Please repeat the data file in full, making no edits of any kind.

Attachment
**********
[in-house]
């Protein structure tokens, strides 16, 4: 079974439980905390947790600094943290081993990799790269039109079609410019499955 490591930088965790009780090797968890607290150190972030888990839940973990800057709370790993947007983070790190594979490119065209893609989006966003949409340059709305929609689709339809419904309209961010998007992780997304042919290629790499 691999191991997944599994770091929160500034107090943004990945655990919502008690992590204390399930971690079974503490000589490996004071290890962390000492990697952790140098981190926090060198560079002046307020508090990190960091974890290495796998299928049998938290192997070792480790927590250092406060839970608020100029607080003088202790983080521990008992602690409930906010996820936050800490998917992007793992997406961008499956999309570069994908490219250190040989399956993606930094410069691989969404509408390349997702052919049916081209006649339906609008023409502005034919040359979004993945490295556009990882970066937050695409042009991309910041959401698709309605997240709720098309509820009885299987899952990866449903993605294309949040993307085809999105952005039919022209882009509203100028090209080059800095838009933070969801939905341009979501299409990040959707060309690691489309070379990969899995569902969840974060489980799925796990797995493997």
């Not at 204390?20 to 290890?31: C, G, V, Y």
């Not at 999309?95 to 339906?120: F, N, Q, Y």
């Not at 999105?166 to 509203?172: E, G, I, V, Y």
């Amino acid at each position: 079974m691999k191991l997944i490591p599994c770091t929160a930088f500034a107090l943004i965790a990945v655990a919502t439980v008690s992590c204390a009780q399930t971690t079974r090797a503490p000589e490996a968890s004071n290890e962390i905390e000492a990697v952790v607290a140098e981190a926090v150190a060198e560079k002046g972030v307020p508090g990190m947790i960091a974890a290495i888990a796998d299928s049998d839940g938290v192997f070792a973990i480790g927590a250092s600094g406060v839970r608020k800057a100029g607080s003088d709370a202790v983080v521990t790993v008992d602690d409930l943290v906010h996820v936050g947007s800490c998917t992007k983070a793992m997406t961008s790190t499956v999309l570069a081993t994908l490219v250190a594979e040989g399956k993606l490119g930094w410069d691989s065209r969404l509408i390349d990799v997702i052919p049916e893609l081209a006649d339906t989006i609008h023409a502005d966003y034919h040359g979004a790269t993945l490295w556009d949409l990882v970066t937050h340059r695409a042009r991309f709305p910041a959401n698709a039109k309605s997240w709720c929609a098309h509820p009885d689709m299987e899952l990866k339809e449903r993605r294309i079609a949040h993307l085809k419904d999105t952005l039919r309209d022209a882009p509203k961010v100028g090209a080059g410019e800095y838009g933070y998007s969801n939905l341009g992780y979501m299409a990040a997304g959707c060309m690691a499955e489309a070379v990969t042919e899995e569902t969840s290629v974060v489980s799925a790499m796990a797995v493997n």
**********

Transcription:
[in-house]
């Protein structure tokens, strides 16, 4: 079974439980905390947790600094943290081993990799790269039109079609410019499955 490591930088965790009780090797968890607290150190972030888990839940973990800057709370790993947007983070790190594979490119065209893609989006966003949409340059709305929609689709339809419904309209961010998007992780997304042919290629790499 691999191991997944599994770091929160500034107090943004990945655990919502008690992590204390399930971690079974503490000589490996004071290890962390000492990697952790140098981190926090060198560079002046307020508090990190960091974890290495796998299928049998938290192997070792480790927590250092406060839970608020100029607080003088202790983080521990008992602690409930906010996820936050800490998917992007793992997406961008499956999309570069994908490219250190040989399956993606930094410069691989969404509408390349997702052919049916081209006649339906609008023409502005034919040359979004993945490295556009990882970066937050695409042009991309910041959401698709309605997240709720098309509820009885299987899952990866449903993605294309949040993307085809999105952005039919022209882009509203100028090209080059800095838009933070969801939905341009979501299409990040959707060309690691489309070379990969899995569902969840974060489980799925796990797995493997």
């Not at 204390?20 to 290890?31: C, G, V, Y």
């Not at 999309?95 to 339906?120: F, N, Q, Y």
């Not at 999105?166 to 509203?172: E, G, I, V, Y």
């Amino acid at each position: 079974m691999k191991l997944i490591p599994c770091t929160a930088f500034a107090l943004i965790a990945v655990a919502t439980v008690s992590c204390a009780q399930t971690t079974r090797a503490p000589e490996a968890s004071n290890e962390i905390e000492a990697v952790v607290a140098e981190a926090v150190a060198e560079k002046g972030v307020p508090g990190m947790i960091a974890a290495i888990a796998d299928s049998d839940g938290v192997f070792a973990i480790g927590a250092s600094g406060v839970r608020k800057a100029g607080s003088d709370a202790v983080v521990t790993v008992d602690d409930l943290v906010h996820v936050g947007s800490c998917t992007k983070a793992m997406t961008s790190t499956v999309l570069a081993t994908l490219v250190a594979e040989g399956k993606l490119g930094w410069d691989s065209r969404l509408i390349d990799v997702i052919p049916e893609l081209a006649d339906t989006i609008h023409a502005d966003y034919h040359g979004a790269t993945l490295w556009d949409l990882v970066t937050h340059r695409a042009r991309f709305p910041a959401n698709a039109k309605s997240w709720c929609a098309h509820p009885d689709m299987e899952l990866k339809e449903r993605r294309i079609a949040h993307l085809k419904d999105t952005l039919r309209d022209a882009p509203k961010v100028g090209a080059g410019e800095y838009g933070y998007s969801n939905l341009g992780y979501m299409a990040a997304g959707c060309m690691a499955e489309a070379v990969t042919e899995e569902t969840s290629v974060v489980s799925a790499m796990a797995v493997n």